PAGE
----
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BC’s For-Profit Seniors’ Homes Are Shielded From Penalties For Abusing and Neglecting the Elderly, Critics Say

British Columbia’s senior-living facilities face few legal penalties for mistreating elderly residents

Critics say industry lobbying is shielding for-profit senior care homes from fines and accountability, something that is enabling a culture of abuse and neglect in some private care homes across British Columbia.

According to a recent investigation by CBC News, a 94-year-old blind woman was confined to a room that was infested with bed bugs for two weeks last December at a Chilliwack seniors’ home.

Staff at The Cascades, a senior care home owned by Sienna Senior Living, allege that managers at the for-profit facility threatened to fire employees for speaking out, although one eventually contacted the BC Ministry of Health. Those complaints prompted an investigation by the Ministry which found the company was “not in compliance” with standards on “safe and sanitary” building conditions and preventing “abuse and neglect.”

The company apologized, admitting service “should have been better.” But so far, no legal penalties has been levied.

Assisted living residences, like The Cascades, are subject to the rules of the BC Community Care and Assisted Living Act. However, those rules don’t allow the province to impose fines for what the ministry deems abusive or neglectful care.

Isobel Mackenzie, the Seniors Advocate of BC, says industry lobbyists have pressured successive provincial governments against tougher rules.

“I do not think we’re doing as effective a job as we could,” Mackenzie told PressProgress. “There’s been, to some degree, regulatory capture.”

Seniors’ homes can have their license suspended, cancelled or changed by a Medical Health Office if it violates BC’s assisted living laws, effectively shutting down the facility altogether — but this rarely happens, Mackenzie notes, because it would mean evicting seniors from their care homes.

“We can close them down, which, it’s true, is a very powerful tool. But we can’t do that– what are we going to do with the people that are living there?” Mackenzie said. “The question is when have we ever closed anybody down?”

Mackenzie said introducing fines would do more to keep for-profit care providers in check: “We should be looking at a regulatory regime that has some monetary teeth to it, so that a provider who fails to meet regulations, and doesn’t correct a deficiency or a violation, that there’s some escalating financial penalty for that.”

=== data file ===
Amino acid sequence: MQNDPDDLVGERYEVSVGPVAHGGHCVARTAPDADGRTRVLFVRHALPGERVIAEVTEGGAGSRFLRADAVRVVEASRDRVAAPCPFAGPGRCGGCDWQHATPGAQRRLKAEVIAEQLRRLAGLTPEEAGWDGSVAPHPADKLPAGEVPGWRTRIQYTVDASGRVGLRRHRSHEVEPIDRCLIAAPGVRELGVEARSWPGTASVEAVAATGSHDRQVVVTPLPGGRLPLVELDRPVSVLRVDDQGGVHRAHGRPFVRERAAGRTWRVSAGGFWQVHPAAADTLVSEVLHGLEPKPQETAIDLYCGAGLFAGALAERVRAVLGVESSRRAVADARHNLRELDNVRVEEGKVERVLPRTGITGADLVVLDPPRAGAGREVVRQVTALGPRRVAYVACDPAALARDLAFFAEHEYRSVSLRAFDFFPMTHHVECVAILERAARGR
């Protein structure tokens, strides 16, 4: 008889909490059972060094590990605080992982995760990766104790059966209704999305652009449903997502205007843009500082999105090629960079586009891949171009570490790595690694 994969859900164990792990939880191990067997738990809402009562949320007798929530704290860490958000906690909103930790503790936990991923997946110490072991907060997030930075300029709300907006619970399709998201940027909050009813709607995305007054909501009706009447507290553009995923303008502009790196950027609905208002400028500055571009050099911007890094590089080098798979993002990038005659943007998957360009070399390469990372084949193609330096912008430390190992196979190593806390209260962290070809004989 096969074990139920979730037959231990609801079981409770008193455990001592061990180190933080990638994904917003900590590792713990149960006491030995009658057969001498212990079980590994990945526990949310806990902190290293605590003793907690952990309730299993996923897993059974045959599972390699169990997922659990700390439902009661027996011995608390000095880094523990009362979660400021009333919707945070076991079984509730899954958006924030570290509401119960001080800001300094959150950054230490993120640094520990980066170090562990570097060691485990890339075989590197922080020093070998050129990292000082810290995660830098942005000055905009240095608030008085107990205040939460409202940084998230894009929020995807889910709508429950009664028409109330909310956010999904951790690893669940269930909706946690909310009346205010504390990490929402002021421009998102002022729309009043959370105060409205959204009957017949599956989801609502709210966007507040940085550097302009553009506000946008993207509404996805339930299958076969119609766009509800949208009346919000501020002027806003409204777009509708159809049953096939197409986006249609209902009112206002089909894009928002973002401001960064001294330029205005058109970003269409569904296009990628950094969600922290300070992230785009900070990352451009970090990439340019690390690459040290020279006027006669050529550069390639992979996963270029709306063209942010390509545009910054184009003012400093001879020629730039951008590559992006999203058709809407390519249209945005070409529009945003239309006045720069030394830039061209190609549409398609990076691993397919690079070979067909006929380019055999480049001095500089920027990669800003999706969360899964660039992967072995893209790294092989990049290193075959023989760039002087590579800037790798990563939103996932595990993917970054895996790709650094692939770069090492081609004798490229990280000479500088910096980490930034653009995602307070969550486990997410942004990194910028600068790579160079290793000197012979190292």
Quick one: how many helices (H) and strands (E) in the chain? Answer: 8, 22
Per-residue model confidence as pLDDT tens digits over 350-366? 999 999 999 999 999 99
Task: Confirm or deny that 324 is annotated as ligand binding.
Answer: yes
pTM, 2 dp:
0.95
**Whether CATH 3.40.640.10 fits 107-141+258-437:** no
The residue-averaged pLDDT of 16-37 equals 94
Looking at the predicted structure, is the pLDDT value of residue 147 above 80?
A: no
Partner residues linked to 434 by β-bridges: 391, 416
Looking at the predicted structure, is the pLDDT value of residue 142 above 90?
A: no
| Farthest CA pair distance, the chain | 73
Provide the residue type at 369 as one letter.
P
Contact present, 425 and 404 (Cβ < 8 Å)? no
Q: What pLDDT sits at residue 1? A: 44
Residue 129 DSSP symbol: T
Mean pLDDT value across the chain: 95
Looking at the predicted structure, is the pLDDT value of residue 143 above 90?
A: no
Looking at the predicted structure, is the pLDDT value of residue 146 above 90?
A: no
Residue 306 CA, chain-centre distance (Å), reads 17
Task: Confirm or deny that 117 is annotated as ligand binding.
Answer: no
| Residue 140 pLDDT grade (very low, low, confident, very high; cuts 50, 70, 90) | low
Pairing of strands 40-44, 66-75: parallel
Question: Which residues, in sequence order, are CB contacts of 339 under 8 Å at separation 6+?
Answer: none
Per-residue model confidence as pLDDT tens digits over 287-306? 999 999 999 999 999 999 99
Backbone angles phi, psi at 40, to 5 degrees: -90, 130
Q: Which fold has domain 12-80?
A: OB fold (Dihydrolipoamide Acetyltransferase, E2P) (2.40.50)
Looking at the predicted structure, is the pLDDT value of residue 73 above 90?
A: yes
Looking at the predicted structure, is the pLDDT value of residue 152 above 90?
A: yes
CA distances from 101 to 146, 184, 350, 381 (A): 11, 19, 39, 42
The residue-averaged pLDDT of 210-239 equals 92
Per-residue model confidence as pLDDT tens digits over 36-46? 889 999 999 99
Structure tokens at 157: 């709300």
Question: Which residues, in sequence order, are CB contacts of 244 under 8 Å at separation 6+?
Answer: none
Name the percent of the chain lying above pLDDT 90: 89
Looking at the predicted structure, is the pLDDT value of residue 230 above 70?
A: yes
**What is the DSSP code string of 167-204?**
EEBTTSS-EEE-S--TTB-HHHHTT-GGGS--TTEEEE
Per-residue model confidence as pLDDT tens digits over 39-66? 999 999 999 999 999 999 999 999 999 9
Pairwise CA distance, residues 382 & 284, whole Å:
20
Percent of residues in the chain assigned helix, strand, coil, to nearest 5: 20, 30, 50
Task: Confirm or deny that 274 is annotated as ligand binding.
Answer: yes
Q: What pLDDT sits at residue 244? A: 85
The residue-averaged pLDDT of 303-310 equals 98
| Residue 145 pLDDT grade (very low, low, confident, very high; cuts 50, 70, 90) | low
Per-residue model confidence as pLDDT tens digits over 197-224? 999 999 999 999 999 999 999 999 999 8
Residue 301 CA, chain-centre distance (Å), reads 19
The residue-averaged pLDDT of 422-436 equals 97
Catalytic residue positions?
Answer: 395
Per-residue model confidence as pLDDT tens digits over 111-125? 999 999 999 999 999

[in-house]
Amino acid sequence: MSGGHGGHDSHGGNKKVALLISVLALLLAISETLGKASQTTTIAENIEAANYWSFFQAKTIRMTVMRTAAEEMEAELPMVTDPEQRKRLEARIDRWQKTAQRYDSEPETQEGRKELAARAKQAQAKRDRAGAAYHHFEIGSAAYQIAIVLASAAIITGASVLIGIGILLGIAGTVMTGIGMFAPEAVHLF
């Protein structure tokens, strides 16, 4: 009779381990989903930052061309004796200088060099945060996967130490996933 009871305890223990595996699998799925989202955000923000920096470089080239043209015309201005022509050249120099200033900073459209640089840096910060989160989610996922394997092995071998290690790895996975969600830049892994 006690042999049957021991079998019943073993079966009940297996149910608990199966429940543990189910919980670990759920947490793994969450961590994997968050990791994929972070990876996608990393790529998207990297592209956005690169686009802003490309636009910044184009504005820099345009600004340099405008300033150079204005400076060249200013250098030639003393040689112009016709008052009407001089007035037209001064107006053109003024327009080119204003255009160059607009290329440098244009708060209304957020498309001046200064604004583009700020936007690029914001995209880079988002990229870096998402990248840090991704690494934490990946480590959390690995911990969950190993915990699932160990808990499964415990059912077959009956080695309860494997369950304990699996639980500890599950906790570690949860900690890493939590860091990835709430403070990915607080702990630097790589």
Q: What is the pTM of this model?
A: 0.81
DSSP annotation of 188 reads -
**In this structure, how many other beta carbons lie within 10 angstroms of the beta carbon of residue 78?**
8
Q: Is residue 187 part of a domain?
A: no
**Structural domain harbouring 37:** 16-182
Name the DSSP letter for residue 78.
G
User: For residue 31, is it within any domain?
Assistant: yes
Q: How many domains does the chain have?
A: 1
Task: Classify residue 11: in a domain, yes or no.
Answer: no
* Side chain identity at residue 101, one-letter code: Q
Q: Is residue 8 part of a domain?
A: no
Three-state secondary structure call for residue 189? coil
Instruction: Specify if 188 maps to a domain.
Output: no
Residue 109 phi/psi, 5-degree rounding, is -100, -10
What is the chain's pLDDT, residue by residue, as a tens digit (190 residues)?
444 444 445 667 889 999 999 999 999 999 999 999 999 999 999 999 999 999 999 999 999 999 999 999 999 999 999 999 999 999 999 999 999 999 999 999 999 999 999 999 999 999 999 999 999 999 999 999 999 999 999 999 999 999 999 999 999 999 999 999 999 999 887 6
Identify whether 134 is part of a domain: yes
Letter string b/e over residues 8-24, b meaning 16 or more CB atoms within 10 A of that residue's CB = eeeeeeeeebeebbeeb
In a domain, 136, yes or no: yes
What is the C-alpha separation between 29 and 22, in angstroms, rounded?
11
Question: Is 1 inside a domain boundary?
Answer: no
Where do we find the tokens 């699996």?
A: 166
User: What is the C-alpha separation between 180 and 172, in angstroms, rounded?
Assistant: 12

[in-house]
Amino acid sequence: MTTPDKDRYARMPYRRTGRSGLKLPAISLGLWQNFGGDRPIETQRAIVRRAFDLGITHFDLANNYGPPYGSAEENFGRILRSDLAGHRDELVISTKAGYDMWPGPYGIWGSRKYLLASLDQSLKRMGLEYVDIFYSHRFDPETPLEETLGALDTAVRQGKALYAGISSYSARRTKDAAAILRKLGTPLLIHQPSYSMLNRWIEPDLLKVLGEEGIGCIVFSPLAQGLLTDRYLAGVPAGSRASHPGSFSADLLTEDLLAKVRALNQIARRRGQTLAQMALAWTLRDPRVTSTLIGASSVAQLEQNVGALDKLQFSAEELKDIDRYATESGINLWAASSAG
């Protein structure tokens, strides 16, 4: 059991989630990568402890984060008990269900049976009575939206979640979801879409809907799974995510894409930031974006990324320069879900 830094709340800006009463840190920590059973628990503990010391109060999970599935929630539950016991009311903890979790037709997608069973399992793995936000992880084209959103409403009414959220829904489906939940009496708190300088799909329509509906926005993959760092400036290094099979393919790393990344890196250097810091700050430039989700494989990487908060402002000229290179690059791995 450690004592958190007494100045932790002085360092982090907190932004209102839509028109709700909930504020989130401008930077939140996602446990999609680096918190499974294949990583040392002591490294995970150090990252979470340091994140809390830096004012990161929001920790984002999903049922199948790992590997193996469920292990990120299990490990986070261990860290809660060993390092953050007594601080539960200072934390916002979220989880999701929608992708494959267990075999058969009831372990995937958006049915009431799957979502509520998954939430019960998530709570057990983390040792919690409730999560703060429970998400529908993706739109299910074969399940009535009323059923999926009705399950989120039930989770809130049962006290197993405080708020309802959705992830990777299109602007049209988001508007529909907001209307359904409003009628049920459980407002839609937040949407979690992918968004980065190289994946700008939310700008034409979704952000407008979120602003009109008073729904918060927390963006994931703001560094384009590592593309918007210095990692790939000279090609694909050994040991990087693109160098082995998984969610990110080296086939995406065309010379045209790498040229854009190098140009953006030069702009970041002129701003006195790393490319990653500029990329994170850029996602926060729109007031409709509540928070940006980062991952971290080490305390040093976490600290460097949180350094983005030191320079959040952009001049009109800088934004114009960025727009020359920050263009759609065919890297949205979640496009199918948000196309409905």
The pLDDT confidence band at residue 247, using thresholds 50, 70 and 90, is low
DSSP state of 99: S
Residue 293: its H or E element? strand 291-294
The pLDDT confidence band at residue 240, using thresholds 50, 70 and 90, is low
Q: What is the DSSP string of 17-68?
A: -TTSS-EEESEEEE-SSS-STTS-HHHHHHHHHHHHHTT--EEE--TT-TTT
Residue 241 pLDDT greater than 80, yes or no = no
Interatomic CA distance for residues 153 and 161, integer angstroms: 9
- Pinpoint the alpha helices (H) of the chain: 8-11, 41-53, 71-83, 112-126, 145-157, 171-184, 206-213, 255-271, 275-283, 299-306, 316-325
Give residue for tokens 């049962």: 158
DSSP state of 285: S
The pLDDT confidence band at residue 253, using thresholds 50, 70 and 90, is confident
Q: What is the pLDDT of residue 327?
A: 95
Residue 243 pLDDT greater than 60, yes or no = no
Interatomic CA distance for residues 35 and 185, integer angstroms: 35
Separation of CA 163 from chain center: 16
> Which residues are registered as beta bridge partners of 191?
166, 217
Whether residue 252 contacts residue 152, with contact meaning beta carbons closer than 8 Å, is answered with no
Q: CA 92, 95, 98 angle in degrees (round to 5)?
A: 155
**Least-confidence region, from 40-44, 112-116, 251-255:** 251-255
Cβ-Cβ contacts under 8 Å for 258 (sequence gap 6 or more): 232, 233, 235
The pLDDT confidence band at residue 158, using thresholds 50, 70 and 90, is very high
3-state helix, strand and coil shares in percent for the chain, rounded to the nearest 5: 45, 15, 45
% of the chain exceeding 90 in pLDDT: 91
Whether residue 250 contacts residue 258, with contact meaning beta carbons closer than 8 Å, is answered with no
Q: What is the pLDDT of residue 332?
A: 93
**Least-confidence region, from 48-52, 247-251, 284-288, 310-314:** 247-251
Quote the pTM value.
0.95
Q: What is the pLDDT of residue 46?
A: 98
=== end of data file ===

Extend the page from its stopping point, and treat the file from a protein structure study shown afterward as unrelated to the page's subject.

The incident at The Cascades isn’t the first time facilities owned by Sienna Senior Living (formerly Leisureworld Senior Care) have been accused of mistreating residents.

Last year, dozens of families in Ontario filed lawsuits against the company and one other claiming “systematic negligence.” One family alleged their father was hospitalized with bedsores that were so severe his bones were exposed.

BC Health authority data collected by the Office of the Seniors Advocate in 2017 and 2016 indicate other Sienna-owned facilities were accused of “abuse/neglect.” Those facilities include:

  • Brookside Lodge, Surrey (2 incidents in 2014-2015, 1 incident in 2015-2016)
  • Mariposa Gardens, Osoyoos (2 incidents in 2015-2016)
  • Lake Country Lodge (4 incidents in 2015-2016)

The Fraser and Interior Health Authorities confirmed they investigated Brookside Lodge, but told PressProgress it was unable to provide specific details about the incidents due to privacy laws.

“We can confirm that Fraser Health investigated the incident when it was reported,” a spokesperson said.

A spokesperson from Interior Health told PressProgress the authority was unable to provide any details about the alleged incidents at Mariposa Gardens and Lake Country Lodge, also citing privacy concerns.

Sienna did not respond to requests for comment from PressProgress.

The BC General Employees’ Union represents employees at The Cascades. BCGEU President Stephanie Smith told PressProgress the Chilliwack facility’s poor working conditions are common in private facilities.

“Unfortunately this isn’t something unique to this company,” she explained. “We have members that provide long term resident care support in other company-owned facilities. The question comes around: where is the oversight? Where is the accountability?”

BC’s Lobbyist Registry shows representatives of the BC Care Providers Association, the industry group representing private senior-care providers, met with BC MLAs and cabinet ministers dozens of times over the last 8 years.

Back in September, the BCCPA named Sienna Senior Living Vice President and Long Term Care Operations official Lisa Kelly, to its board of directors for 2019-2020.

BCCPA did not respond to questions from PressProgress regarding industry regulations or the BCCPA’s relationship with Sienna.


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